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A Sobering Economic Reminder From the Census Bureau A Sobering Economic Reminder From the Census Bureau

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A Sobering Economic Reminder From the Census Bureau


Job seekers stand and wait for a career fair to open on Sept. 2, 2010 in Denver.(John Moore/Getty Images)

It’s time for another episode of America’s least-favorite game show, “How Bad is the Economy, Really?”

Today’s show is sponsored by the U.S. Census Bureau. Its theme is “Worse Than You Thought, if You Can Fathom That.”


The bureau’s annual report of income, poverty, and health care statistics, released on Tuesday, is stuffed with bleak news.

As lawmakers continue to joust over how to accelerate growth and unleash job creation, the Census numbers are a timely reminder of how mightily the U.S. economy struggled over the last decade -- and particularly over the last few years, during and after the Great Recession.

Poverty's Rise

The poverty rate jumped to 15.1 percent in 2010, representing 46.2 million people, up from 43.6 million in 2009.

Source: Census Bureau


• Last year, real median income dipped below $50,000 a year for the first time since 1996.

• By that measure -- median income -- this is the worst post-recession economy ever recorded by the Census Bureau (which began compiling this data in 1967). From 2009 to 2010, real median income fell by 2.3 percent, a steeper drop than the years that followed the end of recessions in the 1970s, '80s, '90s, and early 2000s.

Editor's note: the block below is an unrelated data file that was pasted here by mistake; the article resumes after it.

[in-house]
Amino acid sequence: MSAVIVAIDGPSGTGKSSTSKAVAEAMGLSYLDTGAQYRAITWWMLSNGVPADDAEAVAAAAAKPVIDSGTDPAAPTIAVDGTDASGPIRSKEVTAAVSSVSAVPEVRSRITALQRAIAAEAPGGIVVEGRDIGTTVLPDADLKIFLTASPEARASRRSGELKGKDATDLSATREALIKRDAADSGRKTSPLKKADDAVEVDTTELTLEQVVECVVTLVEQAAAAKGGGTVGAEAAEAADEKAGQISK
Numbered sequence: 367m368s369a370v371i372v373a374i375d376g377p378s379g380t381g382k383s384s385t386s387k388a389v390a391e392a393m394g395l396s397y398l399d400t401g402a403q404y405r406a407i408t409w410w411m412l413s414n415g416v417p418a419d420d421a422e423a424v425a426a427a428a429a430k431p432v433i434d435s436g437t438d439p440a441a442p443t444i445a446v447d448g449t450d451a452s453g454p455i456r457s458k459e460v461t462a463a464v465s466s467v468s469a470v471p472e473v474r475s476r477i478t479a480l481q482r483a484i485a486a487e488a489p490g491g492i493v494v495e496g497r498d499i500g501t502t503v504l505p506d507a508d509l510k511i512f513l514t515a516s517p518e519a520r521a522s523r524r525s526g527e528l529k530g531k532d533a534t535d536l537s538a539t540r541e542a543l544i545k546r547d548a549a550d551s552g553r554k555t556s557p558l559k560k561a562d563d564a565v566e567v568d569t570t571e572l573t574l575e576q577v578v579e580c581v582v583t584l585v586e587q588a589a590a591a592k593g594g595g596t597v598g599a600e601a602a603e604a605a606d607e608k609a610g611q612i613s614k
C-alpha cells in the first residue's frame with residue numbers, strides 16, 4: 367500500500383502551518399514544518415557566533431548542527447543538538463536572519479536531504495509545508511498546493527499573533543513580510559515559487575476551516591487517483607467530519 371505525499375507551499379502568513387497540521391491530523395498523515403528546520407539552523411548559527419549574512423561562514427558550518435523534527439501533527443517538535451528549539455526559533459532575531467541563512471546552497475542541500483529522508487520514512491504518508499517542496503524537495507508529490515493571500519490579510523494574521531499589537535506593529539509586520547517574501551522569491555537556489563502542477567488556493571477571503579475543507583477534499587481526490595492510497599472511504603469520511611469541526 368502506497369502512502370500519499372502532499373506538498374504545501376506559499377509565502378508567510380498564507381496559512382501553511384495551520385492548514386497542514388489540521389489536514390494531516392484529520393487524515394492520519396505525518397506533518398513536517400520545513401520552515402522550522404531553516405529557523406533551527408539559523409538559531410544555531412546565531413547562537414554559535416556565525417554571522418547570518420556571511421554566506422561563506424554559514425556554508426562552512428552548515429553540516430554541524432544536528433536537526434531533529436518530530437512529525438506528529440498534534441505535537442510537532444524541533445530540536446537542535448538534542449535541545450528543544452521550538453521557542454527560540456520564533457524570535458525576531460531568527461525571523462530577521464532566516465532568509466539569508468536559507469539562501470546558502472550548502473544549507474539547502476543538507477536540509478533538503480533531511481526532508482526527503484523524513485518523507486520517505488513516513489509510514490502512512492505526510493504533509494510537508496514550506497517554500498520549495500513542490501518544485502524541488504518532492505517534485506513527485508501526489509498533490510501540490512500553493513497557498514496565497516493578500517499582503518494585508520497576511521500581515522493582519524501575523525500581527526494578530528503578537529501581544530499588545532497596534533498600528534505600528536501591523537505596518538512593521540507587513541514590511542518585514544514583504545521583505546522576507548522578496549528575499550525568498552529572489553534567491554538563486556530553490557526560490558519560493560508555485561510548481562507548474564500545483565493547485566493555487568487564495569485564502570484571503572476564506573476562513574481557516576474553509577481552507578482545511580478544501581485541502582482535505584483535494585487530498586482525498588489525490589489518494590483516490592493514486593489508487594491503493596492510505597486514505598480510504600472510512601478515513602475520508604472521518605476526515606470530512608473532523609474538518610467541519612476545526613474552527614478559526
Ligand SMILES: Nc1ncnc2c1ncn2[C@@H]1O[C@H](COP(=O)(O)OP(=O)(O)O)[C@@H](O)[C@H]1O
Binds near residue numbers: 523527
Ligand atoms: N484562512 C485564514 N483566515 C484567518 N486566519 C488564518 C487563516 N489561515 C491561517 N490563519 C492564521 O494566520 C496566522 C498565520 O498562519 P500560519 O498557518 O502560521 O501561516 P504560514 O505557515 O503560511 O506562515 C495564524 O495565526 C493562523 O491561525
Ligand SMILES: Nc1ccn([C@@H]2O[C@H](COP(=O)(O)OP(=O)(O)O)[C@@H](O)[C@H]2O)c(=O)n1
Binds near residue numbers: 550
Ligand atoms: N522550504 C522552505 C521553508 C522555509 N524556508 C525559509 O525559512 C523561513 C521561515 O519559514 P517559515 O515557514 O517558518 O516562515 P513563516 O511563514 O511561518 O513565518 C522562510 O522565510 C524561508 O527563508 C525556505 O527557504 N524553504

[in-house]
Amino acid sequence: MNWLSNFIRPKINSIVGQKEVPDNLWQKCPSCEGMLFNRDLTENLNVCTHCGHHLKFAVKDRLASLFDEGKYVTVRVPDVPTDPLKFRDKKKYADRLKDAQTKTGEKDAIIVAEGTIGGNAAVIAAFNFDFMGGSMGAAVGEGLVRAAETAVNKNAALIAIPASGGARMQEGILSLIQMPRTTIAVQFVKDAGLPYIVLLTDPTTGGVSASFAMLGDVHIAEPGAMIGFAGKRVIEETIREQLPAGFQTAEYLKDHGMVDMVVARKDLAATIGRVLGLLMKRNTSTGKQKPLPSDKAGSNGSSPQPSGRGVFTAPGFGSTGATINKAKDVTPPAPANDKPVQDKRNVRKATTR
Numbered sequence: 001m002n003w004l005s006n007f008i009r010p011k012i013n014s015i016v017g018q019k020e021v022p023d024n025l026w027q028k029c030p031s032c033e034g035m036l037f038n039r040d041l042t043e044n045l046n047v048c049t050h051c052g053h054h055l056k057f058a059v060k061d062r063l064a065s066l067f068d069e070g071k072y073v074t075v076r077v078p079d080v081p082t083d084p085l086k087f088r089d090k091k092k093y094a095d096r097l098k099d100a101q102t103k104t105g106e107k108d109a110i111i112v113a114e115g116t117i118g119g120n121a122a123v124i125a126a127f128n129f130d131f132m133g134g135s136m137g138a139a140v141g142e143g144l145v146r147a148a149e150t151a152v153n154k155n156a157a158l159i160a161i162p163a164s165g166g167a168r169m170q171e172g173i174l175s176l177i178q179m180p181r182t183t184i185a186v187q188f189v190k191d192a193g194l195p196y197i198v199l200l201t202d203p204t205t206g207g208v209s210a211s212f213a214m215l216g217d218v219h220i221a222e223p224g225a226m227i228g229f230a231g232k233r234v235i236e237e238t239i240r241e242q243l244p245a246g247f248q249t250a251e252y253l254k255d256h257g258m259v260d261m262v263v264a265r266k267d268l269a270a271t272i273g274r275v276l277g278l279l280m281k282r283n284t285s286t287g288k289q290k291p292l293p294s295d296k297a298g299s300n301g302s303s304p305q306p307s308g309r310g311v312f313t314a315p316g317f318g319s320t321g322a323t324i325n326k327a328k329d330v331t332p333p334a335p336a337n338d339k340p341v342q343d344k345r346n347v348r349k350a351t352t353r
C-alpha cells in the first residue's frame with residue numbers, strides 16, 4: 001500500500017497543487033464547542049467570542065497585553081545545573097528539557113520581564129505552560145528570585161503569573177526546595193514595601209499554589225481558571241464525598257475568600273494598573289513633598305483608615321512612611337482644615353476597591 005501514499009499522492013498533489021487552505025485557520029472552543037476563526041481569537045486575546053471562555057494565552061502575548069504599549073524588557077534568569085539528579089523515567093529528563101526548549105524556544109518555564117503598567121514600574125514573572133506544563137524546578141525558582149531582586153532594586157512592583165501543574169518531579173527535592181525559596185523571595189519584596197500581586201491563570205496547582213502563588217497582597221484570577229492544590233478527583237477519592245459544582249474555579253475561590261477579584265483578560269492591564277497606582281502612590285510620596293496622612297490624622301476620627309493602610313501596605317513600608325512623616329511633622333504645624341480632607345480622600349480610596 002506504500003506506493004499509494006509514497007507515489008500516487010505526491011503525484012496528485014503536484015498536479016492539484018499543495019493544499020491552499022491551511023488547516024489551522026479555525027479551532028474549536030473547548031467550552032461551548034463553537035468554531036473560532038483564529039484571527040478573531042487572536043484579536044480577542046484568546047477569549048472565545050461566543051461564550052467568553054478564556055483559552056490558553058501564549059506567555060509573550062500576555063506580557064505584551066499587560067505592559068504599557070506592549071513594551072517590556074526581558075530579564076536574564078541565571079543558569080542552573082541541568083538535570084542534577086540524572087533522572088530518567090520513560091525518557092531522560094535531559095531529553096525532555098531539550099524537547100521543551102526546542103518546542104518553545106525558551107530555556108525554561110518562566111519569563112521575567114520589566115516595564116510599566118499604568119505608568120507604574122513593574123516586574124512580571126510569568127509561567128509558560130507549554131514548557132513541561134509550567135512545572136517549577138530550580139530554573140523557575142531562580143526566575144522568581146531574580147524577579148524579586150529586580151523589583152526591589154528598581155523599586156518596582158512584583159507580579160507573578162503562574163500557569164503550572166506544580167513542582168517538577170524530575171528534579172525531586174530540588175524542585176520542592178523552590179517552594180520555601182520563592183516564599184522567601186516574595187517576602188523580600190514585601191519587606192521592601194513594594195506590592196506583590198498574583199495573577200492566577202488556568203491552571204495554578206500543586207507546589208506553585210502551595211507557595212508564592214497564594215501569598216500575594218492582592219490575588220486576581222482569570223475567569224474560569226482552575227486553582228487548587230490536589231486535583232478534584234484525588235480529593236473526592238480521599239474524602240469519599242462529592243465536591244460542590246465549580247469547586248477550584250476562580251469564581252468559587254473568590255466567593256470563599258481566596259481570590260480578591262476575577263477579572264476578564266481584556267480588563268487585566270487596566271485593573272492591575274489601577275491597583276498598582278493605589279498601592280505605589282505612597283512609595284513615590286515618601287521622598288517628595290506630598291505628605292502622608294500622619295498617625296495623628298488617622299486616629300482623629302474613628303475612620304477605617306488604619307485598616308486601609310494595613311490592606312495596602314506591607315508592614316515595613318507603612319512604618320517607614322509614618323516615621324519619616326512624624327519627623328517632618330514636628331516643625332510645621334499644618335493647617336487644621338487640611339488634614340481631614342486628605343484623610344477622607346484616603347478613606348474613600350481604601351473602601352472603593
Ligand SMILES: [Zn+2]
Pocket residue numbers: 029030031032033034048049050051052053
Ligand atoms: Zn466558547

• In 2009, the year the recession ended, there were 43.5 million Americans living in poverty. By the end of 2010, that number had grown to 46.2 million. That’s a 0.8 percent increase -- the highest post-recession rate since 1980.


• More than a quarter of American households earned less than $25,000 a year in 2010. Adjusting for inflation, that hasn’t happened since 1994.

• Last year was a nadir of sorts for low-income earners. Since the Census Bureau started tracking the statistic, the poorest 20 percent of Americans have never earned a lower share of the nation’s total income than the 3.3 percent they earned in 2010.

• Young Americans, aged 15 to 24, saw their incomes fall by nearly 10 percent between 2009 and 2010.

• Minorities saw their incomes decline further than whites. By 2010, white Americans’ median incomes were down 5.4 percent from their pre-recession peak. Hispanics and Asians each saw incomes drop by about 7.5 percent in that timeframe. For African-Americans, they dropped 10 percent.

• Even the rich have suffered (really). While median incomes stagnated in the 2000s, the highest-earning Americans saw their incomes grow throughout the decade. The recession and its aftermath have wiped out those income gains at the top. In 2010, income at the lower bound of the top 10 percent of earners was $138,923 -- a 3.5 percent drop from its pre-recession peak.

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